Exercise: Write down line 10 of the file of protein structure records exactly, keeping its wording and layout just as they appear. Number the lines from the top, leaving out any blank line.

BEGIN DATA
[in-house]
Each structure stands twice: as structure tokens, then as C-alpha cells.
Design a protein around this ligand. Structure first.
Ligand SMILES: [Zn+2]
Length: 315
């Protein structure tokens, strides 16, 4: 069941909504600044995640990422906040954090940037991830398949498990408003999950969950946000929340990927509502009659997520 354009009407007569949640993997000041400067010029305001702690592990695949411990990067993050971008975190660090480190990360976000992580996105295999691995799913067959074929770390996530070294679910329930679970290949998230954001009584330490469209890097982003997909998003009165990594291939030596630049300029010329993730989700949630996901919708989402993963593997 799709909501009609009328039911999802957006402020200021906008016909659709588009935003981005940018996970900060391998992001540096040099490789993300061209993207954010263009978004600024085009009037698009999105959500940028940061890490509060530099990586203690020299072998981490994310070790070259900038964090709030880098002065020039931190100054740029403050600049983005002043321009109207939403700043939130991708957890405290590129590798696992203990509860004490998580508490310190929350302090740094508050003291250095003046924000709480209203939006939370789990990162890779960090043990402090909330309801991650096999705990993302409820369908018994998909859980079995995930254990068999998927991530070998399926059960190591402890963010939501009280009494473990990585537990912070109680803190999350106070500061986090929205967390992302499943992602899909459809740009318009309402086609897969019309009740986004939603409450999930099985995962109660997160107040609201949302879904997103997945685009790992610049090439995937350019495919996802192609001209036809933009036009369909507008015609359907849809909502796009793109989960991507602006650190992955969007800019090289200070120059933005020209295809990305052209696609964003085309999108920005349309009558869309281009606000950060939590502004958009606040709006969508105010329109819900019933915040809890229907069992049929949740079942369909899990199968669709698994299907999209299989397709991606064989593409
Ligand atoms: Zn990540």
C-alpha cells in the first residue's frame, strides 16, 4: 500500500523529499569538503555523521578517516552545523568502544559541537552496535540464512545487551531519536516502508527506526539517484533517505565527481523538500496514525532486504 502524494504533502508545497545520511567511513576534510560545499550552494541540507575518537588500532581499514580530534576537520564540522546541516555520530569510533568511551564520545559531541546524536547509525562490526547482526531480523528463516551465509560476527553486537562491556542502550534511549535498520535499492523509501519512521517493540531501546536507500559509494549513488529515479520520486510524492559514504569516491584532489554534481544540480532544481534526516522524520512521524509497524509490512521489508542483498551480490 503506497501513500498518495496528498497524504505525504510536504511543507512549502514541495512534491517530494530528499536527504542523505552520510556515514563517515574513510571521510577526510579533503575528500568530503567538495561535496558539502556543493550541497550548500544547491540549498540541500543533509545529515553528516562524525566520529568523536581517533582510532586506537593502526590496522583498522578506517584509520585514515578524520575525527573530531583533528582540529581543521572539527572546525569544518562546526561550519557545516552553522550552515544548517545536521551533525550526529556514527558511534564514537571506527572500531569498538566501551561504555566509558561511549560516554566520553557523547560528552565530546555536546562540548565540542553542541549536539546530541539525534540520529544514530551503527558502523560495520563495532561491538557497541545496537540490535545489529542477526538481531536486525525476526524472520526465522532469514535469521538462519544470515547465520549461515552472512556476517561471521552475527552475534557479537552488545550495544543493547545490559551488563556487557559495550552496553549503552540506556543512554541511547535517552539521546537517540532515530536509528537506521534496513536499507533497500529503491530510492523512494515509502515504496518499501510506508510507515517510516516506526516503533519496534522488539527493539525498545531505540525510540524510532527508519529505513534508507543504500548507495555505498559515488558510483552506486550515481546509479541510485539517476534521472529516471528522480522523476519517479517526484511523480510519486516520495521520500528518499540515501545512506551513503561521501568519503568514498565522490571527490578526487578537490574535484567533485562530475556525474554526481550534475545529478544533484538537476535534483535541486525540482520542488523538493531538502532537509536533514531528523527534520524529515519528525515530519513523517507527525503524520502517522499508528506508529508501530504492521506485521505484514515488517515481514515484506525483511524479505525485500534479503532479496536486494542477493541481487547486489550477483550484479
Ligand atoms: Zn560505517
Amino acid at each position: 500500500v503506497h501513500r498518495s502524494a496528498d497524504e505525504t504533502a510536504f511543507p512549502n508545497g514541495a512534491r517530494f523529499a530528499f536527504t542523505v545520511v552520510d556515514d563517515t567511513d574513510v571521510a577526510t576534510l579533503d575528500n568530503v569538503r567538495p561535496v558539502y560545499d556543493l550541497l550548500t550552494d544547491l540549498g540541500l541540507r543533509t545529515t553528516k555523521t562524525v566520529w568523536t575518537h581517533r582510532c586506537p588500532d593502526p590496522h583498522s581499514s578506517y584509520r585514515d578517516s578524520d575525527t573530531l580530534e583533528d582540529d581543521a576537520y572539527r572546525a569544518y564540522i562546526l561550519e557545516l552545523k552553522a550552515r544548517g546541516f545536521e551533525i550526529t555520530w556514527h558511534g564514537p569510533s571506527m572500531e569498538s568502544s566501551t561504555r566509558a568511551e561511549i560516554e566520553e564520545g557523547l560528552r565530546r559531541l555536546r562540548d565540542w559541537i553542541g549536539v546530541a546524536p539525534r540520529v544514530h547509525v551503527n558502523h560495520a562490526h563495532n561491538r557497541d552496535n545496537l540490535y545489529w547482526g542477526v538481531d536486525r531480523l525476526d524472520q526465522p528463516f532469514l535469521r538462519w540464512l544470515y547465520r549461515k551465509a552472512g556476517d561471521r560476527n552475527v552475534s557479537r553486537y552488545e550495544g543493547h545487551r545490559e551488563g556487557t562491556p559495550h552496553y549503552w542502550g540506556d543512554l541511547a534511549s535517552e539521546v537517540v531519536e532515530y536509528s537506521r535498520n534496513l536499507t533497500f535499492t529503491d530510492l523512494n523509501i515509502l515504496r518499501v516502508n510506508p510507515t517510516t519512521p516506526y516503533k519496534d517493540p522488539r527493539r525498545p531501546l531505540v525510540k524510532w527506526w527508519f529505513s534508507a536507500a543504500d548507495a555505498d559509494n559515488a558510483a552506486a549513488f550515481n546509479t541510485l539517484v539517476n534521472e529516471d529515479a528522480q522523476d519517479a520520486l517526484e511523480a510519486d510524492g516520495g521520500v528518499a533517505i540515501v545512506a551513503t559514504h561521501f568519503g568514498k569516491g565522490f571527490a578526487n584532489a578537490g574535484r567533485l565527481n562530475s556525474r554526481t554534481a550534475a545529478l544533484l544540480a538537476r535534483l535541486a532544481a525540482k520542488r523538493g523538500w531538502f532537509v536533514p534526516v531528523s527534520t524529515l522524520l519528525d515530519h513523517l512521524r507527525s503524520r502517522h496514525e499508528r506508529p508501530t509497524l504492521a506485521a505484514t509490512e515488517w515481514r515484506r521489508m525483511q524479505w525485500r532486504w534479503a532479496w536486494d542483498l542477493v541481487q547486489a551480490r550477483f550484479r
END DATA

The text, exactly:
Amino acid at each position: 500500500v503506497h501513500r498518495s502524494a496528498d497524504e505525504t504533502a510536504f511543507p512549502n508545497g514541495a512534491r517530494f523529499a530528499f536527504t542523505v545520511v552520510d556515514d563517515t567511513d574513510v571521510a577526510t576534510l579533503d575528500n568530503v569538503r567538495p561535496v558539502y560545499d556543493l550541497l550548500t550552494d544547491l540549498g540541500l541540507r543533509t545529515t553528516k555523521t562524525v566520529w568523536t575518537h581517533r582510532c586506537p588500532d593502526p590496522h583498522s581499514s578506517y584509520r585514515d578517516s578524520d575525527t573530531l580530534e583533528d582540529d581543521a576537520y572539527r572546525a569544518y564540522i562546526l561550519e557545516l552545523k552553522a550552515r544548517g546541516f545536521e551533525i550526529t555520530w556514527h558511534g564514537p569510533s571506527m572500531e569498538s568502544s566501551t561504555r566509558a568511551e561511549i560516554e566520553e564520545g557523547l560528552r565530546r559531541l555536546r562540548d565540542w559541537i553542541g549536539v546530541a546524536p539525534r540520529v544514530h547509525v551503527n558502523h560495520a562490526h563495532n561491538r557497541d552496535n545496537l540490535y545489529w547482526g542477526v538481531d536486525r531480523l525476526d524472520q526465522p528463516f532469514l535469521r538462519w540464512l544470515y547465520r549461515k551465509a552472512g556476517d561471521r560476527n552475527v552475534s557479537r553486537y552488545e550495544g543493547h545487551r545490559e551488563g556487557t562491556p559495550h552496553y549503552w542502550g540506556d543512554l541511547a534511549s535517552e539521546v537517540v531519536e532515530y536509528s537506521r535498520n534496513l536499507t533497500f535499492t529503491d530510492l523512494n523509501i515509502l515504496r518499501v516502508n510506508p510507515t517510516t519512521p516506526y516503533k519496534d517493540p522488539r527493539r525498545p531501546l531505540v525510540k524510532w527506526w527508519f529505513s534508507a536507500a543504500d548507495a555505498d559509494n559515488a558510483a552506486a549513488f550515481n546509479t541510485l539517484v539517476n534521472e529516471d529515479a528522480q522523476d519517479a520520486l517526484e511523480a510519486d510524492g516520495g521520500v528518499a533517505i540515501v545512506a551513503t559514504h561521501f568519503g568514498k569516491g565522490f571527490a578526487n584532489a578537490g574535484r567533485l565527481n562530475s556525474r554526481t554534481a550534475a545529478l544533484l544540480a538537476r535534483l535541486a532544481a525540482k520542488r523538493g523538500w531538502f532537509v536533514p534526516v531528523s527534520t524529515l522524520l519528525d515530519h513523517l512521524r507527525s503524520r502517522h496514525e499508528r506508529p508501530t509497524l504492521a506485521a505484514t509490512e515488517w515481514r515484506r521489508m525483511q524479505w525485500r532486504w534479503a532479496w536486494d542483498l542477493v541481487q547486489a551480490r550477483f550484479r